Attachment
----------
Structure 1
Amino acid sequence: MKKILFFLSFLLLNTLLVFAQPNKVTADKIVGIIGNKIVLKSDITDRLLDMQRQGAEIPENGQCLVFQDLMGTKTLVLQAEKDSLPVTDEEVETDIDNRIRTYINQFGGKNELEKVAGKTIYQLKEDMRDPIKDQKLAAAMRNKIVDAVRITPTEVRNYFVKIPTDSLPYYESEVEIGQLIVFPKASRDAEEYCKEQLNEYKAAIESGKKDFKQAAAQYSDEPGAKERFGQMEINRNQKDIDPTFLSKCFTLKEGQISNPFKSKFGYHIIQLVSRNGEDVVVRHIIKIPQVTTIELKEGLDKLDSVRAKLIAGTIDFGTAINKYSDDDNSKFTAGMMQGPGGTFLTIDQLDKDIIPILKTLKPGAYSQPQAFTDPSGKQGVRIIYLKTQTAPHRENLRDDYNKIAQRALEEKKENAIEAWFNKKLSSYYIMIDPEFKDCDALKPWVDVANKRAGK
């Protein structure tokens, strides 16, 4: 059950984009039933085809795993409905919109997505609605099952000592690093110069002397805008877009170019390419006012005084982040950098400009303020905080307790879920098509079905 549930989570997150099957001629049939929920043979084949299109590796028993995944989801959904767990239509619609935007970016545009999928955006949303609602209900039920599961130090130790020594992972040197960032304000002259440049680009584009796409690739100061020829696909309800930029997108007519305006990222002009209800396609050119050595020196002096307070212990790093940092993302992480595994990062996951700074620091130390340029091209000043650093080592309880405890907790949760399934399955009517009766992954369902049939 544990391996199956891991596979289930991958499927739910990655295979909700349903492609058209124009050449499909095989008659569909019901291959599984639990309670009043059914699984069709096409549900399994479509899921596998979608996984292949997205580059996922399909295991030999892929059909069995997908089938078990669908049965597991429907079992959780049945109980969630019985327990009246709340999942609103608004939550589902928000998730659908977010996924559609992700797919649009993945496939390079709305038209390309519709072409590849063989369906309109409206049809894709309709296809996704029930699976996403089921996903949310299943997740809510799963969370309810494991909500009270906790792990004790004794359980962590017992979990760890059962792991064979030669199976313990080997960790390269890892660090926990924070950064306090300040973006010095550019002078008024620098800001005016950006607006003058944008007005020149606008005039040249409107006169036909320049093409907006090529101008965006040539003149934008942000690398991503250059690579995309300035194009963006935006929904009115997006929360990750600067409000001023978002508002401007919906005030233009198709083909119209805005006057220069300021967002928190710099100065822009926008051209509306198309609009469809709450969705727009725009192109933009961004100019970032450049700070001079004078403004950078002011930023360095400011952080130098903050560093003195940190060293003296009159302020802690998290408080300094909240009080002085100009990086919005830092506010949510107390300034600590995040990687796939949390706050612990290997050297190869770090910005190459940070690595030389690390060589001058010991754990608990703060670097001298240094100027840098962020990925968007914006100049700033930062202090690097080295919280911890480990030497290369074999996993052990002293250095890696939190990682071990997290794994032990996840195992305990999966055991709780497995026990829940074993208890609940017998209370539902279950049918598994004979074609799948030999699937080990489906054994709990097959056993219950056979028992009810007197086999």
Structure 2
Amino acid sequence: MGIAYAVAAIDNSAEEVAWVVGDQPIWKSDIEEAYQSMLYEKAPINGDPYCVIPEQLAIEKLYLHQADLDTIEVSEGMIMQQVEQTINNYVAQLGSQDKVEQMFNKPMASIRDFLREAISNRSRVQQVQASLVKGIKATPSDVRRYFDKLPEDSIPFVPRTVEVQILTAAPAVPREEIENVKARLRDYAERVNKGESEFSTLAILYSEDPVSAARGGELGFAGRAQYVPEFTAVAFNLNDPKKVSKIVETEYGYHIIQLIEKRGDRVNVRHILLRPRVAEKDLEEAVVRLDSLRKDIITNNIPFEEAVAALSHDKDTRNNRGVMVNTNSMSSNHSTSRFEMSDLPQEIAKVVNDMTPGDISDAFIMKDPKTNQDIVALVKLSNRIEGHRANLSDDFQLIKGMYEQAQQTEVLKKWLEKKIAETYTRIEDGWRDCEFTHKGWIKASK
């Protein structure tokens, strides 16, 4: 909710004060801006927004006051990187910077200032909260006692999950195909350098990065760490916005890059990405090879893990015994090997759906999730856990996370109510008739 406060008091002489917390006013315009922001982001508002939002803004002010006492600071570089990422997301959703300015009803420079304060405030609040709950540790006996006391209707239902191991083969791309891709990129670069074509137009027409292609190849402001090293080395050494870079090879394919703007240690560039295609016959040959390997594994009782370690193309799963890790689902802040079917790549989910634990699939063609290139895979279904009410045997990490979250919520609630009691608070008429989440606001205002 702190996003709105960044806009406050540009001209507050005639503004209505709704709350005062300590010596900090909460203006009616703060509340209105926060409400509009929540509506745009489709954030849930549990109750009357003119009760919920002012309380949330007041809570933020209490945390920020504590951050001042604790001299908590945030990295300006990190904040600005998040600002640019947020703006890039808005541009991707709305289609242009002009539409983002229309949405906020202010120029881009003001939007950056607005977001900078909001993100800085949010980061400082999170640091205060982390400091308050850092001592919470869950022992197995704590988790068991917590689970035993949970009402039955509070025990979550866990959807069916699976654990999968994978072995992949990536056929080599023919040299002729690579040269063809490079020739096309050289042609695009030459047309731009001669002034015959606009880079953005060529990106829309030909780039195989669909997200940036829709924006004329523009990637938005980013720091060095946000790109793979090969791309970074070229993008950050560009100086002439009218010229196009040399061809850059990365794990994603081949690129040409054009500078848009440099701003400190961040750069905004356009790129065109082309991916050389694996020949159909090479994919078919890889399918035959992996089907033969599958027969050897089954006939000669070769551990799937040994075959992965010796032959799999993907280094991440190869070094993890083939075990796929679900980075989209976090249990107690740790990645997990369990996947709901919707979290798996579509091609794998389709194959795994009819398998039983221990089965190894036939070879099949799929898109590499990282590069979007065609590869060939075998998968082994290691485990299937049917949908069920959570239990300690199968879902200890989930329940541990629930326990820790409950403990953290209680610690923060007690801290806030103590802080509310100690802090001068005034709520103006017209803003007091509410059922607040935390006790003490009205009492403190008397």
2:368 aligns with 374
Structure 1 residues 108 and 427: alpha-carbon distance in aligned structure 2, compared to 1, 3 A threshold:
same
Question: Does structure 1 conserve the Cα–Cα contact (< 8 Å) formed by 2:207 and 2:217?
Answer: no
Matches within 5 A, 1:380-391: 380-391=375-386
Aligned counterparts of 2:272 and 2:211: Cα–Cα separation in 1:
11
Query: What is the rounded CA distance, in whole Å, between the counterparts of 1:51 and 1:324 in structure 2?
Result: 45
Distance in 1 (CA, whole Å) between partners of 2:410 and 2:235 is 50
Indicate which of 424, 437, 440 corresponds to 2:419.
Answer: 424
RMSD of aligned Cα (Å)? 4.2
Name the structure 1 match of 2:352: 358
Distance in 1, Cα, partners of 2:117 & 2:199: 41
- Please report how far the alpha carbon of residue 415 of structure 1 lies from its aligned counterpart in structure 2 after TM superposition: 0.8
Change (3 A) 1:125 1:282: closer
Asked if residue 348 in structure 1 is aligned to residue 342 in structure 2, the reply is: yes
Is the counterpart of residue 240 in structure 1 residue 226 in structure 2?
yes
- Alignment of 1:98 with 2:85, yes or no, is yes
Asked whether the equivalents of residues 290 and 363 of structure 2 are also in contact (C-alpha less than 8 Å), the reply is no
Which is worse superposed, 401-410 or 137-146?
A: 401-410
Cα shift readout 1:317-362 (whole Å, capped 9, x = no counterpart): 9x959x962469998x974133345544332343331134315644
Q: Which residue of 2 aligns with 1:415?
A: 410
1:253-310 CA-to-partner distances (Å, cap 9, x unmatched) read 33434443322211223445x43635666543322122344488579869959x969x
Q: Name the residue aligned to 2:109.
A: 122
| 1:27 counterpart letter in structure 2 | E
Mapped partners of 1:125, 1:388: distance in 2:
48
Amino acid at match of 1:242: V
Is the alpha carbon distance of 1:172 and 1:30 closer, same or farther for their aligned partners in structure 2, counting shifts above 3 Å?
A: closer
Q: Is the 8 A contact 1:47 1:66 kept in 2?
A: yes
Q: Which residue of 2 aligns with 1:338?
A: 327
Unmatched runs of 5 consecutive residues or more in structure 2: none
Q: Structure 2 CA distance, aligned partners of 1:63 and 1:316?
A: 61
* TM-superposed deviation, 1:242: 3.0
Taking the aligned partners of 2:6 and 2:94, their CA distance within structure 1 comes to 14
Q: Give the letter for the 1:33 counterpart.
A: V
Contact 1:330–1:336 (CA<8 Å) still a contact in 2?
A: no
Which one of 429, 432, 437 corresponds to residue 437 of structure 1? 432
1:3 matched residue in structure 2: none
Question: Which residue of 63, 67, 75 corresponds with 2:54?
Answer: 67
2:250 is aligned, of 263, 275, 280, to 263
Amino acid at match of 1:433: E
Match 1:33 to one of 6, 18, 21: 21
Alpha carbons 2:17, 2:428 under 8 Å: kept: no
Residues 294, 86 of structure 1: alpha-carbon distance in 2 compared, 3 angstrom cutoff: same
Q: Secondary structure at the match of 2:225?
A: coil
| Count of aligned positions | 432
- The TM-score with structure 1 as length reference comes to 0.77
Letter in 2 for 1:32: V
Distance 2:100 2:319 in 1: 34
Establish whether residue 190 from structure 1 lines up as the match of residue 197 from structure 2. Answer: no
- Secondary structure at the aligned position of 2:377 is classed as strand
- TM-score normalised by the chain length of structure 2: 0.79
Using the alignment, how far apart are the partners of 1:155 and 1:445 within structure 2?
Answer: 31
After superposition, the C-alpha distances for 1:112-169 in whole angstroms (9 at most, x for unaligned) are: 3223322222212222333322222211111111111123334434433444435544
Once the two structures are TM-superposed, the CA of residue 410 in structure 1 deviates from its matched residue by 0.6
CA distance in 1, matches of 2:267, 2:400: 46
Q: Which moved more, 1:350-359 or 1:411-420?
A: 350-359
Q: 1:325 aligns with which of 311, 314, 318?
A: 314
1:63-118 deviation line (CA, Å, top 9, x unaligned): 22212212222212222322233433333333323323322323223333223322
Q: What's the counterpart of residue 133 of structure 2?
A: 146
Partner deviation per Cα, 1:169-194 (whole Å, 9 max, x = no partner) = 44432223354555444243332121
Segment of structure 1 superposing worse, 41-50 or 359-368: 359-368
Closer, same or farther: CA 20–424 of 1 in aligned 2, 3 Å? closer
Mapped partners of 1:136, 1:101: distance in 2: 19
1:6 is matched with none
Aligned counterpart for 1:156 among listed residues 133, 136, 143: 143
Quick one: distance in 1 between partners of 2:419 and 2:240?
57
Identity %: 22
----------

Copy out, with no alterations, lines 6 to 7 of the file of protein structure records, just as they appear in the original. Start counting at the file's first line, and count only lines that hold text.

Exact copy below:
């Protein structure tokens, strides 16, 4: 909710004060801006927004006051990187910077200032909260006692999950195909350098990065760490916005890059990405090879893990015994090997759906999730856990996370109510008739 406060008091002489917390006013315009922001982001508002939002803004002010006492600071570089990422997301959703300015009803420079304060405030609040709950540790006996006391209707239902191991083969791309891709990129670069074509137009027409292609190849402001090293080395050494870079090879394919703007240690560039295609016959040959390997594994009782370690193309799963890790689902802040079917790549989910634990699939063609290139895979279904009410045997990490979250919520609630009691608070008429989440606001205002 702190996003709105960044806009406050540009001209507050005639503004209505709704709350005062300590010596900090909460203006009616703060509340209105926060409400509009929540509506745009489709954030849930549990109750009357003119009760919920002012309380949330007041809570933020209490945390920020504590951050001042604790001299908590945030990295300006990190904040600005998040600002640019947020703006890039808005541009991707709305289609242009002009539409983002229309949405906020202010120029881009003001939007950056607005977001900078909001993100800085949010980061400082999170640091205060982390400091308050850092001592919470869950022992197995704590988790068991917590689970035993949970009402039955509070025990979550866990959807069916699976654990999968994978072995992949990536056929080599023919040299002729690579040269063809490079020739096309050289042609695009030459047309731009001669002034015959606009880079953005060529990106829309030909780039195989669909997200940036829709924006004329523009990637938005980013720091060095946000790109793979090969791309970074070229993008950050560009100086002439009218010229196009040399061809850059990365794990994603081949690129040409054009500078848009440099701003400190961040750069905004356009790129065109082309991916050389694996020949159909090479994919078919890889399918035959992996089907033969599958027969050897089954006939000669070769551990799937040994075959992965010796032959799999993907280094991440190869070094993890083939075990796929679900980075989209976090249990107690740790990645997990369990996947709901919707979290798996579509091609794998389709194959795994009819398998039983221990089965190894036939070879099949799929898109590499990282590069979007065609590869060939075998998968082994290691485990299937049917949908069920959570239990300690199968879902200890989930329940541990629930326990820790409950403990953290209680610690923060007690801290806030103590802080509310100690802090001068005034709520103006017209803003007091509410059922607040935390006790003490009205009492403190008397």
2:368 aligns with 374